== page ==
The second 100 pages – Magnus Magnusson’s Scotland, The Story of a Nation

Well, certainly failing in the target for reading, but things like the Moonwalk and other pleasures have been getting in the way.

I’ve brought the weighty tome along with me on holiday and have been undertaking to get back on track with my reading. You may have gathered by now that I’m no great shakes on this history lark. Just couldn’t summon any great enthusiasm, preferring fictionalised accounts rather than lists of facts.

Must say that my reading of Chapters 9 onwards have felt like torture – book falling on my nose as I drop off after ploughing through a few paragraphs and so on.

But, having slogged up to the Battle of Bannockburn over my muesli the other morning (yes, I’m such fun on holiday!), I’m finding a little more of the story resonating. As soon as we got to James I and the building of Linlithgow Palace I began to get interested. Reading is of course a personal journey, and I think that I’ll have difficulty in recalling many facts of battles won and lost and parts of the countryside traversed. But I can relate to a king who wanted to build a palace and decorate it in the grandest style of the times. And I liked the tale of how he fell in love with a lady and wrote poetry.

It also seemed that the history as portrayed in this book is a timeline moving from one ruler to the next, one battle to the next in a weary procession. Surely this isn’t the way to interest a non-historian like me? I’d thought at the beginning of the book that I’d be hooked by the sense of place which was being conveyed, and now I find that all these endless battles just don’t do it for me. No idea of how the ‘common people’ lived from day to day – how was it to be a citizen of this emerging nation?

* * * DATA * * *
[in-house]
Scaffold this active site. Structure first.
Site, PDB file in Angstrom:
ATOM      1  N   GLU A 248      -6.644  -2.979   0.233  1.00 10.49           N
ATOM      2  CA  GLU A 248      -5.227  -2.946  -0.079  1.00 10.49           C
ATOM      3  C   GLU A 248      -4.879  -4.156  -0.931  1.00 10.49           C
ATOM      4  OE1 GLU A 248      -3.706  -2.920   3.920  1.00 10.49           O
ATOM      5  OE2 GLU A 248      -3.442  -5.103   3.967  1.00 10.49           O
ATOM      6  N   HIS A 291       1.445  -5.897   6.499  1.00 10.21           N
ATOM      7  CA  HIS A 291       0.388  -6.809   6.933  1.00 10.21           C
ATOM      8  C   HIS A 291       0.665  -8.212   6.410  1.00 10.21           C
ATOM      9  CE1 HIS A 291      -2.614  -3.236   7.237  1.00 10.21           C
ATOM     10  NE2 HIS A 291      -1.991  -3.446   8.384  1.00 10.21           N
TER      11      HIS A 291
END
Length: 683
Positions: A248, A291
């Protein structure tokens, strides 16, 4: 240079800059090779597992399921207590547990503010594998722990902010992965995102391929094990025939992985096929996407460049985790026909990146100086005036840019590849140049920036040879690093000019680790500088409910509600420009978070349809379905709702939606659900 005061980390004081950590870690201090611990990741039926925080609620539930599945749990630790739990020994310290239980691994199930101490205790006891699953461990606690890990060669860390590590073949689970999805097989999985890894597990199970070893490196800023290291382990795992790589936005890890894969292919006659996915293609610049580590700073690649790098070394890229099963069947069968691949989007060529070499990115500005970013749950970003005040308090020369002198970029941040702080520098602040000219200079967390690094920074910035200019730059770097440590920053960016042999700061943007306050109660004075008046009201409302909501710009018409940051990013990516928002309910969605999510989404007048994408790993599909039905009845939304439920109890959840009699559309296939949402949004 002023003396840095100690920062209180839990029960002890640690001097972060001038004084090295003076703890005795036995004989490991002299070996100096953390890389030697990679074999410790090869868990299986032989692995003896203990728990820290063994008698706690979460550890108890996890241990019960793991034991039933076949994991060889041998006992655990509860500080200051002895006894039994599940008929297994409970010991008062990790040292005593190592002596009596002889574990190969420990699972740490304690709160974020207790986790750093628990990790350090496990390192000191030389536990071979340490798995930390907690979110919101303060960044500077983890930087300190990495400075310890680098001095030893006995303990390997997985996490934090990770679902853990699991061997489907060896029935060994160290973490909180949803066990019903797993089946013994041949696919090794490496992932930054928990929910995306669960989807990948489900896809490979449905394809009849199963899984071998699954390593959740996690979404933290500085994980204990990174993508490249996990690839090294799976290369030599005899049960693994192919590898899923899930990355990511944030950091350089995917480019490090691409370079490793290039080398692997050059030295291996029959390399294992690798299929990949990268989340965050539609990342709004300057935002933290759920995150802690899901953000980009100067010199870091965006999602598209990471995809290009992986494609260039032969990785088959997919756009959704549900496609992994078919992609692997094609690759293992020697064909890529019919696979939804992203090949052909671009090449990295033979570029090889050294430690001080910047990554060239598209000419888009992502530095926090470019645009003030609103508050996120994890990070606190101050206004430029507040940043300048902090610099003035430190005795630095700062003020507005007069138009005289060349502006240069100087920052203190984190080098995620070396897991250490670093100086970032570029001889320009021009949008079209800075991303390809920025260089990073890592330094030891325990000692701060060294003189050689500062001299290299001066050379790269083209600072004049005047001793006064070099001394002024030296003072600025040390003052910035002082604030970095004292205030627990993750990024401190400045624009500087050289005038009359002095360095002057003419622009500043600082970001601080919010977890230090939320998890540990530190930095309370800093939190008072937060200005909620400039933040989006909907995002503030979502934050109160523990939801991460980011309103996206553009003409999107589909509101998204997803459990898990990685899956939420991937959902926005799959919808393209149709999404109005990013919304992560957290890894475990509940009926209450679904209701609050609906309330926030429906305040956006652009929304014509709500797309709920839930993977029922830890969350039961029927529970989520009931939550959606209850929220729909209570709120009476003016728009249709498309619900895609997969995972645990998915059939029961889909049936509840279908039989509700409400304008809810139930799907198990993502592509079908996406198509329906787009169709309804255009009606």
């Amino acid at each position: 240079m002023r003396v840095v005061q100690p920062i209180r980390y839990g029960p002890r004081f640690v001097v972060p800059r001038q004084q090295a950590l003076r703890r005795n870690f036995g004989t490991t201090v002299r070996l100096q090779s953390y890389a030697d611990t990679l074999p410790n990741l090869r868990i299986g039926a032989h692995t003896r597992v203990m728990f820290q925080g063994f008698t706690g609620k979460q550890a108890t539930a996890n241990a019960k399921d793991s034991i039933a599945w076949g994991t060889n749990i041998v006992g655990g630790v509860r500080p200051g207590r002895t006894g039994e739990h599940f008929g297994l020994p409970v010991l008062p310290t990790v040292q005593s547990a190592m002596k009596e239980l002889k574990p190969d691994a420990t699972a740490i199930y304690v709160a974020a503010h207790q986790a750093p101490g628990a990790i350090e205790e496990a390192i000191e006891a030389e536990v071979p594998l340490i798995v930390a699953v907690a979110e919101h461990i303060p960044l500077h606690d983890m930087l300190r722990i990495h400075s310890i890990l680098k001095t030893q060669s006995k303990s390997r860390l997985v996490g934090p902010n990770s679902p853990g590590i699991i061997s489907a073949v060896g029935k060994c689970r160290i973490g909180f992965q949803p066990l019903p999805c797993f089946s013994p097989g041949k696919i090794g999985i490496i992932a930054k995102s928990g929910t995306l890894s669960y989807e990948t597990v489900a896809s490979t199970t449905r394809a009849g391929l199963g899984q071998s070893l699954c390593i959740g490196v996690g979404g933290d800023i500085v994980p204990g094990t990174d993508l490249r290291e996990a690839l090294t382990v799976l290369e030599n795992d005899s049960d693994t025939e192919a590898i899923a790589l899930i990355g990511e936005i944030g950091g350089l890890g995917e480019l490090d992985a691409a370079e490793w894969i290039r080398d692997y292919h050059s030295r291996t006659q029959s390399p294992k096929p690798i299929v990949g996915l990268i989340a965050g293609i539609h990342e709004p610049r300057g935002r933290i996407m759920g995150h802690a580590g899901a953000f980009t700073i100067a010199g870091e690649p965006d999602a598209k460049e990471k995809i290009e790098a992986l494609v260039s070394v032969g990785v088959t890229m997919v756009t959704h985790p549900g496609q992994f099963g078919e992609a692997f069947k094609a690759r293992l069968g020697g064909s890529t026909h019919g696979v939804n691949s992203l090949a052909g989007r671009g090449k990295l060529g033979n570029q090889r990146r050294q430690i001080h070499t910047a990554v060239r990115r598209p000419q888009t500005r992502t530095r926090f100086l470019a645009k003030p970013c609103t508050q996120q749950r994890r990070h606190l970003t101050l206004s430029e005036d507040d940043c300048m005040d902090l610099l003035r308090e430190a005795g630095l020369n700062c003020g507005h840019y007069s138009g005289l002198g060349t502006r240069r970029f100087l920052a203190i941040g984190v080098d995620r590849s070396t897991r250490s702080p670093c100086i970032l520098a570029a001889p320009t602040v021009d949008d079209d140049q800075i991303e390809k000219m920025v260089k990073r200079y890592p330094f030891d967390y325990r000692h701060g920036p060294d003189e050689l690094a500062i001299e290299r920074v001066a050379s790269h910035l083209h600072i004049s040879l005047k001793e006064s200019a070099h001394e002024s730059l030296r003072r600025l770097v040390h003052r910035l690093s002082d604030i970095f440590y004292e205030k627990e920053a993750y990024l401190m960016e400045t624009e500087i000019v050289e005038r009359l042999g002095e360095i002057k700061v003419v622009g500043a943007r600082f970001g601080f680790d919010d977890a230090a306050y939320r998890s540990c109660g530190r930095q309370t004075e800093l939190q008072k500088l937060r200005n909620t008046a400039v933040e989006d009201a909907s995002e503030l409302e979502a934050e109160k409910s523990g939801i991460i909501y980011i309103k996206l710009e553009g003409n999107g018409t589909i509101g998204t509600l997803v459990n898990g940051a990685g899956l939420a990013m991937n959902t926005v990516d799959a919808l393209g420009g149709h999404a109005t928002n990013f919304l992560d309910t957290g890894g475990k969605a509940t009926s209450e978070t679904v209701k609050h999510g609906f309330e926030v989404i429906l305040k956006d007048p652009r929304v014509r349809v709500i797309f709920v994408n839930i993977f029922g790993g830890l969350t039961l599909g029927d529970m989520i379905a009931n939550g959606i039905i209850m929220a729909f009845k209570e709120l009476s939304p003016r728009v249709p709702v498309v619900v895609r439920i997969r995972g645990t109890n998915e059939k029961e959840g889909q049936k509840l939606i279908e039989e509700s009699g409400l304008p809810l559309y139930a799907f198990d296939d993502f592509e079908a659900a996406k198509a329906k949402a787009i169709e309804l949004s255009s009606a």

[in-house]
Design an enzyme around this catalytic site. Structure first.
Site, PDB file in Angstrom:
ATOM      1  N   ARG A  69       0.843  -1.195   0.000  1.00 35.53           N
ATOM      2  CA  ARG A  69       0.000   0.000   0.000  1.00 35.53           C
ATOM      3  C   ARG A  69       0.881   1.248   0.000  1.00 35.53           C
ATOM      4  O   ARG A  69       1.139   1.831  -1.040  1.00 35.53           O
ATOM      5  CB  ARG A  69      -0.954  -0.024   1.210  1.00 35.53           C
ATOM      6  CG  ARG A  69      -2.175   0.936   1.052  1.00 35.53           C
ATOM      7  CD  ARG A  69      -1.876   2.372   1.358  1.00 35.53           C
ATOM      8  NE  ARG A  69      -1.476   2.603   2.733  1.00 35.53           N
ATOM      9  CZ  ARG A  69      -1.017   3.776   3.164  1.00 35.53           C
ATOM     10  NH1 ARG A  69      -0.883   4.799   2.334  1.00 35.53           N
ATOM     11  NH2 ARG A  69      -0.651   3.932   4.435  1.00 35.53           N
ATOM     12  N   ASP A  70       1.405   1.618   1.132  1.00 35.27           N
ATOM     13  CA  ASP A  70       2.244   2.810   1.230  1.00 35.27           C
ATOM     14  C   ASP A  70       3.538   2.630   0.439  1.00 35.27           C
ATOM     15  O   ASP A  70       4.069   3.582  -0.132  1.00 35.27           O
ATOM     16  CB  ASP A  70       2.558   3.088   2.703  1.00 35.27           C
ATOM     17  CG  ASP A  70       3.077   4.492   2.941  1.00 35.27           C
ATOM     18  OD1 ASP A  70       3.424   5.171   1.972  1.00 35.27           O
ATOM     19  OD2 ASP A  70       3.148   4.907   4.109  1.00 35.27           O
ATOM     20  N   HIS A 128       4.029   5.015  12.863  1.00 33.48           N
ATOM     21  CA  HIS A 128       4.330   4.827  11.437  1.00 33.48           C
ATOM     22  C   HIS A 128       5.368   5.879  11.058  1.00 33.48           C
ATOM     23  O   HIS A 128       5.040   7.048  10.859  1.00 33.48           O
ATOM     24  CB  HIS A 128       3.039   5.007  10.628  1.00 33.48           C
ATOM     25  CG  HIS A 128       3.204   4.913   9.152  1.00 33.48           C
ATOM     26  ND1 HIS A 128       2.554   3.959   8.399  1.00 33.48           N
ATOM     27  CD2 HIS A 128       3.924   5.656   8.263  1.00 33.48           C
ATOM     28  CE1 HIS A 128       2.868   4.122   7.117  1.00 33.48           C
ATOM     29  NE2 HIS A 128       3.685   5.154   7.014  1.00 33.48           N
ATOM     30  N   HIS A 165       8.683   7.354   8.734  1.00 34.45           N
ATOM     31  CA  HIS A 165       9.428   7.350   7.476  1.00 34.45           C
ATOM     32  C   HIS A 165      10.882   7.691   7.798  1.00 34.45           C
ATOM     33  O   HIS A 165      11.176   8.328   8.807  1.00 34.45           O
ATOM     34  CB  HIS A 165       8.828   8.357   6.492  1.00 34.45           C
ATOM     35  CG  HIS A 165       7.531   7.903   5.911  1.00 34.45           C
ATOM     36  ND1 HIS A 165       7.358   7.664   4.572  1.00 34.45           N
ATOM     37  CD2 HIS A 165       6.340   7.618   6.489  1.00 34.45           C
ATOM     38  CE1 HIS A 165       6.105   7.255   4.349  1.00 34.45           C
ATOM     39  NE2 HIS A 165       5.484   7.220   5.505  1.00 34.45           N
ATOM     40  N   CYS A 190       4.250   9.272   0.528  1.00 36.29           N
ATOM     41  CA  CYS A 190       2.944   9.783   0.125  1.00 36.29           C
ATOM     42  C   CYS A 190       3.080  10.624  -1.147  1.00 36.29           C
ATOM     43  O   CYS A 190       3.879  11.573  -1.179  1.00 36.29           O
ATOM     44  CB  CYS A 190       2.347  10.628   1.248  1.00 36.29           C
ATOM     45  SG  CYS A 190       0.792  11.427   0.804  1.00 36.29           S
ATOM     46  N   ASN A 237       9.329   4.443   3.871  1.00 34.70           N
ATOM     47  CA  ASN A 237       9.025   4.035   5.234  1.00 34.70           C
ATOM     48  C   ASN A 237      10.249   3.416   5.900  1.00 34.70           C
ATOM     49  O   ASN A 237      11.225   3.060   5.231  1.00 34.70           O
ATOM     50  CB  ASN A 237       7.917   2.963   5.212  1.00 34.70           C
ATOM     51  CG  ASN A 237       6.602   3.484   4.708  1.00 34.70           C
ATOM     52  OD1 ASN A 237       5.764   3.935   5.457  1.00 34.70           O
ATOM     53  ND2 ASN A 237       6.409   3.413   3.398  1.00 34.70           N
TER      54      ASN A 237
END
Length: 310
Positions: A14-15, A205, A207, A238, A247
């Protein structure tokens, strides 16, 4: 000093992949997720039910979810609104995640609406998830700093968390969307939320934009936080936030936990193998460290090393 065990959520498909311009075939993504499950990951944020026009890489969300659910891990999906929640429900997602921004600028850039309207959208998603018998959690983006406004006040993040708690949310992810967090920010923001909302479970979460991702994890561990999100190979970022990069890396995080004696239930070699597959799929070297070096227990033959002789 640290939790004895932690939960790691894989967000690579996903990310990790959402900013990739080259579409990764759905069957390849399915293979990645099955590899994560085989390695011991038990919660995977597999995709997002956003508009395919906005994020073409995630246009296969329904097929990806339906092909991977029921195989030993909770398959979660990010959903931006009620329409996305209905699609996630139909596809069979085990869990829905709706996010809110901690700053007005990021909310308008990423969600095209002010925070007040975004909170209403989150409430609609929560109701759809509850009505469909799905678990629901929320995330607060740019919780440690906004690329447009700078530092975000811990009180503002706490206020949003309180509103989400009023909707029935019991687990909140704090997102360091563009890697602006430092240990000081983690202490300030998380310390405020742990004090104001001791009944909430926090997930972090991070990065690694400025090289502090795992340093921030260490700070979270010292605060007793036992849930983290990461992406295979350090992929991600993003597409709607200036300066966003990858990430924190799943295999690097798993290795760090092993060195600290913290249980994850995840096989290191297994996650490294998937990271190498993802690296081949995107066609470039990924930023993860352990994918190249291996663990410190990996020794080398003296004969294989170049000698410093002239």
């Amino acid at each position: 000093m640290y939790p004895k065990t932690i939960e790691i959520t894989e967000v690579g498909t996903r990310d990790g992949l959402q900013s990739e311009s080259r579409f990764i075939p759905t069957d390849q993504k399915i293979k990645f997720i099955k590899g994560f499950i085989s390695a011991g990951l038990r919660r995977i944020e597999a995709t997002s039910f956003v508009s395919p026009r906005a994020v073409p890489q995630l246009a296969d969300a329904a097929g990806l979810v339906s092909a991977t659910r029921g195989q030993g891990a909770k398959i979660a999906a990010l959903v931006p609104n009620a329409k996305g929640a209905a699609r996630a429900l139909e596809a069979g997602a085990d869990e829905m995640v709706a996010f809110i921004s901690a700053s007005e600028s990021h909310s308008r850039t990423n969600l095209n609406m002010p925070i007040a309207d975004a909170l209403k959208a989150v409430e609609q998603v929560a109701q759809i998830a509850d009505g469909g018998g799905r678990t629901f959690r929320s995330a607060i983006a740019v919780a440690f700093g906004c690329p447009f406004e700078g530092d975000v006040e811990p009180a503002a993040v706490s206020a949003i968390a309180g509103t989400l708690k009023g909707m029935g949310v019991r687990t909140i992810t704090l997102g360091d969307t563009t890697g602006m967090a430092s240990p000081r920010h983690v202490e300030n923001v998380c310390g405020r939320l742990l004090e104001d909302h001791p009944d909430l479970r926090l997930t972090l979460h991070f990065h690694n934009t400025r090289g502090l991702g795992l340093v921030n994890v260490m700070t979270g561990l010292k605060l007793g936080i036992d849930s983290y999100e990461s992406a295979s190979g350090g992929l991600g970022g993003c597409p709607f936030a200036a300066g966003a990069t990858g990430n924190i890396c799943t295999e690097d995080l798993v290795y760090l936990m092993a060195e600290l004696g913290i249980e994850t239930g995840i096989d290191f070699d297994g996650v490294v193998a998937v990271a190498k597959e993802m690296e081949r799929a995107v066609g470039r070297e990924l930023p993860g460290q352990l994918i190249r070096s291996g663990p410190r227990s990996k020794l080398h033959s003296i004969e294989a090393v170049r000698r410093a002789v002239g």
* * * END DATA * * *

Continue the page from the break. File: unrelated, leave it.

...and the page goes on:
Am I hopelessly lost in my need for domestic details rather than the ‘hanging, drawing and quartering’ of the would-be leaders of men?

3 thoughts on “The second 100 pages – Magnus Magnusson’s Scotland, The Story of a Nation

  • July 23, 2010 at 12:39 am

    You put me to shame Susan! I shall never get over the guilt until I finally finish this tomb. I often find that many of the history books simply relate details from one battle after another, like a history of politics and not much else. I agree – give me the stories of real people’s lives!

  • July 15, 2010 at 7:07 pm

    Yes, that’s the intention. This is a comment made as part of an on-line reading group which I’m participating in. Will definitely be noting places to get out and about to. Thanks for reading!

  • July 15, 2010 at 2:50 pm

    Why don’t you visit some of the places mentioned to give you a more personal insight?
    If you can stand , see , touch maybe it be easier to relate?
    Go visit the castles the statues and monuments the towns and villages.

Anything to add?